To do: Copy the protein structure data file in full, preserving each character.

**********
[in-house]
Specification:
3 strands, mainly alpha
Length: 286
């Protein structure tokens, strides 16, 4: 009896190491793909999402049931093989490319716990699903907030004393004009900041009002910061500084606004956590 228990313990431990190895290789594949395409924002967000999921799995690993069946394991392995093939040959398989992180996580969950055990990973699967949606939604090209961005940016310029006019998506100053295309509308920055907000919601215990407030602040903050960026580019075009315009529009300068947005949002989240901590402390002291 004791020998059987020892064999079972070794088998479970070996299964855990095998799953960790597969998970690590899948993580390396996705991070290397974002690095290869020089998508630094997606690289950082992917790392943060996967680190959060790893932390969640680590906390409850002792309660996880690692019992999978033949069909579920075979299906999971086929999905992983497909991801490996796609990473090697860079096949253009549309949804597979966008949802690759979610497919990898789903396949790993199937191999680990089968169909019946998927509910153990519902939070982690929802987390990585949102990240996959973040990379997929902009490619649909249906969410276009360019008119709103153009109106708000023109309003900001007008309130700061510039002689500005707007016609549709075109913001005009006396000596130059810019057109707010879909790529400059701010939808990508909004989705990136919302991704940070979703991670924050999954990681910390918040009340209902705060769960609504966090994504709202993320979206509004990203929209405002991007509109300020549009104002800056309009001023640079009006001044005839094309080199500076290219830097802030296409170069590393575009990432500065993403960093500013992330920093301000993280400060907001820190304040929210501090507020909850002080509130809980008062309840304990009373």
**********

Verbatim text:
[in-house]
Specification:
3 strands, mainly alpha
Length: 286
């Protein structure tokens, strides 16, 4: 009896190491793909999402049931093989490319716990699903907030004393004009900041009002910061500084606004956590 228990313990431990190895290789594949395409924002967000999921799995690993069946394991392995093939040959398989992180996580969950055990990973699967949606939604090209961005940016310029006019998506100053295309509308920055907000919601215990407030602040903050960026580019075009315009529009300068947005949002989240901590402390002291 004791020998059987020892064999079972070794088998479970070996299964855990095998799953960790597969998970690590899948993580390396996705991070290397974002690095290869020089998508630094997606690289950082992917790392943060996967680190959060790893932390969640680590906390409850002792309660996880690692019992999978033949069909579920075979299906999971086929999905992983497909991801490996796609990473090697860079096949253009549309949804597979966008949802690759979610497919990898789903396949790993199937191999680990089968169909019946998927509910153990519902939070982690929802987390990585949102990240996959973040990379997929902009490619649909249906969410276009360019008119709103153009109106708000023109309003900001007008309130700061510039002689500005707007016609549709075109913001005009006396000596130059810019057109707010879909790529400059701010939808990508909004989705990136919302991704940070979703991670924050999954990681910390918040009340209902705060769960609504966090994504709202993320979206509004990203929209405002991007509109300020549009104002800056309009001023640079009006001044005839094309080199500076290219830097802030296409170069590393575009990432500065993403960093500013992330920093301000993280400060907001820190304040929210501090507020909850002080509130809980008062309840304990009373």